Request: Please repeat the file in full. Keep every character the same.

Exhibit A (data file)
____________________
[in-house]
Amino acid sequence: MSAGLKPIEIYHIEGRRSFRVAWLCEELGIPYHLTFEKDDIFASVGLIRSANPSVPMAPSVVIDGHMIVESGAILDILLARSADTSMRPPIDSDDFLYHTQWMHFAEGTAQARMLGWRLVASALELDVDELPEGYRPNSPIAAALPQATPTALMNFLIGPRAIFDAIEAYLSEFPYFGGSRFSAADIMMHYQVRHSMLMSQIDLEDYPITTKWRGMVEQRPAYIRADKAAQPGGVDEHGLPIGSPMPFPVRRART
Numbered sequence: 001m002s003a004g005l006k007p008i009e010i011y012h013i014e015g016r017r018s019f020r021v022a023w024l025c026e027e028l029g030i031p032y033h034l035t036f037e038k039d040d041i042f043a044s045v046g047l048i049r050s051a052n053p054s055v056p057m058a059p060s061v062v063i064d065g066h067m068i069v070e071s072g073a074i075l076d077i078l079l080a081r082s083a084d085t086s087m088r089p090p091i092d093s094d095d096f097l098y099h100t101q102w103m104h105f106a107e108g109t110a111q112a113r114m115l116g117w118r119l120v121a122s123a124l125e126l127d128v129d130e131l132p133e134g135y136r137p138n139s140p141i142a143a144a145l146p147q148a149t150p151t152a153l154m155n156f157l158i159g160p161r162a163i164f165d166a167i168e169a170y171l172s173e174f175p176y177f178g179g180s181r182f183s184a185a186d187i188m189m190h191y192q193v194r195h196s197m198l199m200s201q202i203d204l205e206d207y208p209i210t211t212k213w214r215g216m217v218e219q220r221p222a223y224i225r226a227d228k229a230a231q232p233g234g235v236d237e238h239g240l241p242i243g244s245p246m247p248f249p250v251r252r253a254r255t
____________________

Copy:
[in-house]
Amino acid sequence: MSAGLKPIEIYHIEGRRSFRVAWLCEELGIPYHLTFEKDDIFASVGLIRSANPSVPMAPSVVIDGHMIVESGAILDILLARSADTSMRPPIDSDDFLYHTQWMHFAEGTAQARMLGWRLVASALELDVDELPEGYRPNSPIAAALPQATPTALMNFLIGPRAIFDAIEAYLSEFPYFGGSRFSAADIMMHYQVRHSMLMSQIDLEDYPITTKWRGMVEQRPAYIRADKAAQPGGVDEHGLPIGSPMPFPVRRART
Numbered sequence: 001m002s003a004g005l006k007p008i009e010i011y012h013i014e015g016r017r018s019f020r021v022a023w024l025c026e027e028l029g030i031p032y033h034l035t036f037e038k039d040d041i042f043a044s045v046g047l048i049r050s051a052n053p054s055v056p057m058a059p060s061v062v063i064d065g066h067m068i069v070e071s072g073a074i075l076d077i078l079l080a081r082s083a084d085t086s087m088r089p090p091i092d093s094d095d096f097l098y099h100t101q102w103m104h105f106a107e108g109t110a111q112a113r114m115l116g117w118r119l120v121a122s123a124l125e126l127d128v129d130e131l132p133e134g135y136r137p138n139s140p141i142a143a144a145l146p147q148a149t150p151t152a153l154m155n156f157l158i159g160p161r162a163i164f165d166a167i168e169a170y171l172s173e174f175p176y177f178g179g180s181r182f183s184a185a186d187i188m189m190h191y192q193v194r195h196s197m198l199m200s201q202i203d204l205e206d207y208p209i210t211t212k213w214r215g216m217v218e219q220r221p222a223y224i225r226a227d228k229a230a231q232p233g234g235v236d237e238h239g240l241p242i243g244s245p246m247p248f249p250v251r252r253a254r255t